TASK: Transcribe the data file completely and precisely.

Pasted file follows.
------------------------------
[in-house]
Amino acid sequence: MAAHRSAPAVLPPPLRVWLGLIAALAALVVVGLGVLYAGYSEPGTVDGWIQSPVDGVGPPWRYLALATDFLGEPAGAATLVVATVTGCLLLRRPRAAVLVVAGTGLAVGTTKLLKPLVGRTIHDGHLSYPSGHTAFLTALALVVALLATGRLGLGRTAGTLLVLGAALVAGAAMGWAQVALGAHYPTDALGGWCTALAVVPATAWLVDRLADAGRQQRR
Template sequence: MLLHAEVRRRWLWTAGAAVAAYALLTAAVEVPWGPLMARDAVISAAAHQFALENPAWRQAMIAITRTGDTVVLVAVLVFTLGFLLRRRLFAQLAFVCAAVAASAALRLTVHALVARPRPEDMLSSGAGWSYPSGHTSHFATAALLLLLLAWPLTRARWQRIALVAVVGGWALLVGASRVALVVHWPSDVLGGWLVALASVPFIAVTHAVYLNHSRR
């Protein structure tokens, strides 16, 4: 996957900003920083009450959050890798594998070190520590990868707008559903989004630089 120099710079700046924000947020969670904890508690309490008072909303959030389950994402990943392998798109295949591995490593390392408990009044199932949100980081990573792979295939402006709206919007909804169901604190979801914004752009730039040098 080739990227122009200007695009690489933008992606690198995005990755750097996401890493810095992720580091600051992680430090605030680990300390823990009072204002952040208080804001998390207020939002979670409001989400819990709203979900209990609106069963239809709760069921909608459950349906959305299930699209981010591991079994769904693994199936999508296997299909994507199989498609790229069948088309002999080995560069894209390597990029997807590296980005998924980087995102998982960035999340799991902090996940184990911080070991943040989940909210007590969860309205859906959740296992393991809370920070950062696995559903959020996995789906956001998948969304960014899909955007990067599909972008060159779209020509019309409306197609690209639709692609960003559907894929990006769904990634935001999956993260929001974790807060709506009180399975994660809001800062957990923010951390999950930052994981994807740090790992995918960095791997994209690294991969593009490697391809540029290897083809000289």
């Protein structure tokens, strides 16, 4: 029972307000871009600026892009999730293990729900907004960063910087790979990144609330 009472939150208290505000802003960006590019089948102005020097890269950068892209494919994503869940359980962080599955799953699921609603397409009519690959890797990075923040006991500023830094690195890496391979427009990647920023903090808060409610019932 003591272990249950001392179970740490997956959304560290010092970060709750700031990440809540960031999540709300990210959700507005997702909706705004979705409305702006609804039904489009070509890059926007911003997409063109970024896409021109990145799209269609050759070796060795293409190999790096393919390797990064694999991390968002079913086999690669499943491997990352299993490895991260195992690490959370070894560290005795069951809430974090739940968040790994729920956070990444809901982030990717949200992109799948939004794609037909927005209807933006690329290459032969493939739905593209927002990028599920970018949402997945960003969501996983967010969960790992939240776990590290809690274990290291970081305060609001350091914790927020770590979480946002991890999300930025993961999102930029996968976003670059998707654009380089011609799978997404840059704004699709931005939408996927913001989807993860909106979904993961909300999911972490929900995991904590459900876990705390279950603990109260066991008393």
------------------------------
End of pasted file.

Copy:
[in-house]
Amino acid sequence: MAAHRSAPAVLPPPLRVWLGLIAALAALVVVGLGVLYAGYSEPGTVDGWIQSPVDGVGPPWRYLALATDFLGEPAGAATLVVATVTGCLLLRRPRAAVLVVAGTGLAVGTTKLLKPLVGRTIHDGHLSYPSGHTAFLTALALVVALLATGRLGLGRTAGTLLVLGAALVAGAAMGWAQVALGAHYPTDALGGWCTALAVVPATAWLVDRLADAGRQQRR
Template sequence: MLLHAEVRRRWLWTAGAAVAAYALLTAAVEVPWGPLMARDAVISAAAHQFALENPAWRQAMIAITRTGDTVVLVAVLVFTLGFLLRRRLFAQLAFVCAAVAASAALRLTVHALVARPRPEDMLSSGAGWSYPSGHTSHFATAALLLLLLAWPLTRARWQRIALVAVVGGWALLVGASRVALVVHWPSDVLGGWLVALASVPFIAVTHAVYLNHSRR
């Protein structure tokens, strides 16, 4: 996957900003920083009450959050890798594998070190520590990868707008559903989004630089 120099710079700046924000947020969670904890508690309490008072909303959030389950994402990943392998798109295949591995490593390392408990009044199932949100980081990573792979295939402006709206919007909804169901604190979801914004752009730039040098 080739990227122009200007695009690489933008992606690198995005990755750097996401890493810095992720580091600051992680430090605030680990300390823990009072204002952040208080804001998390207020939002979670409001989400819990709203979900209990609106069963239809709760069921909608459950349906959305299930699209981010591991079994769904693994199936999508296997299909994507199989498609790229069948088309002999080995560069894209390597990029997807590296980005998924980087995102998982960035999340799991902090996940184990911080070991943040989940909210007590969860309205859906959740296992393991809370920070950062696995559903959020996995789906956001998948969304960014899909955007990067599909972008060159779209020509019309409306197609690209639709692609960003559907894929990006769904990634935001999956993260929001974790807060709506009180399975994660809001800062957990923010951390999950930052994981994807740090790992995918960095791997994209690294991969593009490697391809540029290897083809000289």
């Protein structure tokens, strides 16, 4: 029972307000871009600026892009999730293990729900907004960063910087790979990144609330 009472939150208290505000802003960006590019089948102005020097890269950068892209494919994503869940359980962080599955799953699921609603397409009519690959890797990075923040006991500023830094690195890496391979427009990647920023903090808060409610019932 003591272990249950001392179970740490997956959304560290010092970060709750700031990440809540960031999540709300990210959700507005997702909706705004979705409305702006609804039904489009070509890059926007911003997409063109970024896409021109990145799209269609050759070796060795293409190999790096393919390797990064694999991390968002079913086999690669499943491997990352299993490895991260195992690490959370070894560290005795069951809430974090739940968040790994729920956070990444809901982030990717949200992109799948939004794609037909927005209807933006690329290459032969493939739905593209927002990028599920970018949402997945960003969501996983967010969960790992939240776990590290809690274990290291970081305060609001350091914790927020770590979480946002991890999300930025993961999102930029996968976003670059998707654009380089011609799978997404840059704004699709931005939408996927913001989807993860909106979904993961909300999911972490929900995991904590459900876990705390279950603990109260066991008393």